stretches of prairie are interspersed with "bays" of cypress, and
islands or "houses" of trembling earth which support a variety
of trees and other plant life. There are about twenty-five larger
islands of white sand-such as Cow House, Billy's, Bugaboo,
Black Jack, Floyd's, and Honeybee-which support heavy
growths of gum, oak, bay, and pine. Smaller islands have such
names as John's Negro Island, Roastin Ear Island, and Soldier
Camp Island. The latter got its name by serving as a haven for
some of the Palmetto Country's menfolk who felt no urge to
fight for the Confederacy.
The swamp lies on what is geologically known as the Oke-
fenokee Terrace, which was formed some seventy million years
ago and now lies from loo to 130 feet above sea level. It is
dotted with innumerable lakes which vary in depth from two
to forty feet and in length to more than three miles. Two rivers
rise out of the swamp-the famous Suwannee flows southward to
the Gulf, and the St. Mary's, forming part of the Georgia-
Florida border, winds 175 miles to reach the ocean which is but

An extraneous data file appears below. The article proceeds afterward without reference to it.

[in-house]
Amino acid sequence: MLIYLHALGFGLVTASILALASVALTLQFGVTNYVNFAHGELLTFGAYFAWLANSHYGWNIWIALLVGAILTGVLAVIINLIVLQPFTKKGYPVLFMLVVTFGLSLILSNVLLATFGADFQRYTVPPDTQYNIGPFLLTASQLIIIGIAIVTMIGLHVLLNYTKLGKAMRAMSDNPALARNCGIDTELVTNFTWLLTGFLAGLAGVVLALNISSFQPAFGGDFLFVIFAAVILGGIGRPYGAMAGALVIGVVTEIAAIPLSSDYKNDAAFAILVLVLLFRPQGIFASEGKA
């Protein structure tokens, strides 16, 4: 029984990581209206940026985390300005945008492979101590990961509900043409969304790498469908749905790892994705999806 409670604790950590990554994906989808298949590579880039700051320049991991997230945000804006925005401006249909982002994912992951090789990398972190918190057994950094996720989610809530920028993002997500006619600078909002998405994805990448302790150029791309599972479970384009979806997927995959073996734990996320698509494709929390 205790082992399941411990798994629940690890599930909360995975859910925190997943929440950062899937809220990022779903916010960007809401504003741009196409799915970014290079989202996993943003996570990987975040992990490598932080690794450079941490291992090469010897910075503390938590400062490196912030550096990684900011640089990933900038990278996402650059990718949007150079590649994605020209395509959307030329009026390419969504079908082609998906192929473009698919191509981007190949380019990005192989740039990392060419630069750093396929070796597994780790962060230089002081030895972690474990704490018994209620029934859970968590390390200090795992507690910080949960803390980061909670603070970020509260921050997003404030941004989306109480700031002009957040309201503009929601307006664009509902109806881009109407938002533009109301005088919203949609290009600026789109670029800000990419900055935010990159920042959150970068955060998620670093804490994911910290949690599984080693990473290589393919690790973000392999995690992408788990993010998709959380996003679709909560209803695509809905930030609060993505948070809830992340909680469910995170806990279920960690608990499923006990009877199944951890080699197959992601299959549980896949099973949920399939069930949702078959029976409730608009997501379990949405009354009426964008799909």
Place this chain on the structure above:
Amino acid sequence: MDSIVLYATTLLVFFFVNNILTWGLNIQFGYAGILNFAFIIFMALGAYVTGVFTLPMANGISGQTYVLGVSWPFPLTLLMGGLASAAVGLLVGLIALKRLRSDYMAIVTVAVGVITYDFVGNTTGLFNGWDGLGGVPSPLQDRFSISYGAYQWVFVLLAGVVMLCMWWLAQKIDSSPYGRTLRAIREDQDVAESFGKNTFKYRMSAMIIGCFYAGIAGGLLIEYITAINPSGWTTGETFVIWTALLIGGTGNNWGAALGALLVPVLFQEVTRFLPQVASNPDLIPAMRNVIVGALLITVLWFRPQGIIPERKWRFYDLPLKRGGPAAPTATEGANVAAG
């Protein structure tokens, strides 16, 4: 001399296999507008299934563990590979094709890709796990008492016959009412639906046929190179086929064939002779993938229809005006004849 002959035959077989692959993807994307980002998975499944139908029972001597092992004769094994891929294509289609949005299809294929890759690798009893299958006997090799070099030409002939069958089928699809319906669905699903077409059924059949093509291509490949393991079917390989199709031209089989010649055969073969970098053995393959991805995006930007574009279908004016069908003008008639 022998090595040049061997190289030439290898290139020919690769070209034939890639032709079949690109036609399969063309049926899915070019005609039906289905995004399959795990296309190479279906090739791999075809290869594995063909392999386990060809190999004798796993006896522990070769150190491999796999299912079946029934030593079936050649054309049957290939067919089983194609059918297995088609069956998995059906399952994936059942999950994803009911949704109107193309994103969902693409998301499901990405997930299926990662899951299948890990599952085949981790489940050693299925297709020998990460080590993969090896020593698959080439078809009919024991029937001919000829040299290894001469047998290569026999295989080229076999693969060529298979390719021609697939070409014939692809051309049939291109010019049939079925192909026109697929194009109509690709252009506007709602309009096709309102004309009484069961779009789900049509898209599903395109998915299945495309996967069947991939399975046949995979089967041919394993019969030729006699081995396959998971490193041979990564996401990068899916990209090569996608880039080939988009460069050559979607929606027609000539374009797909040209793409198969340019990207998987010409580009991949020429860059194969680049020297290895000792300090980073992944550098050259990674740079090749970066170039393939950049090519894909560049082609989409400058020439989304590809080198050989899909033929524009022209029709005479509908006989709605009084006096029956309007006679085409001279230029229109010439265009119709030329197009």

sixty-five crow-fly miles from its source.
Both rivers are noted for the purity of their water. The
Suwannee is the color of light coffee because of suspended or-
ganic matter, but contains little sediment. In the old days, sail-
ing vessels ventured up the St. Mary's to take on water, and for
a time the river's water was also hauled to Fernandma (Florida)
and sold to ships at one cent per gallon. Much of the Okefeno-
kee Swamp water is also drinkable, and "swampers" have a trick
of deftly plunging a tin can an arm's length beneath the surface,
and bringing it up full of cool water. And anyone can obtain

drinking water by digging a shallow hole almost anywhere in
the swamp.
The Okefenokee has always attracted men as a hunting
ground and place of refuge. Burial mounds reveal that the
swamp was inhabited by prehistoric tribes whose men were well
over six feet tall. Their pottery, tools, and weapons show their
culture was definitely superior to that of the tribes which came
A Spanish map of 1765 made this note of the region: "Lagoon
and Island of Ocone, in which there is a village of Indians of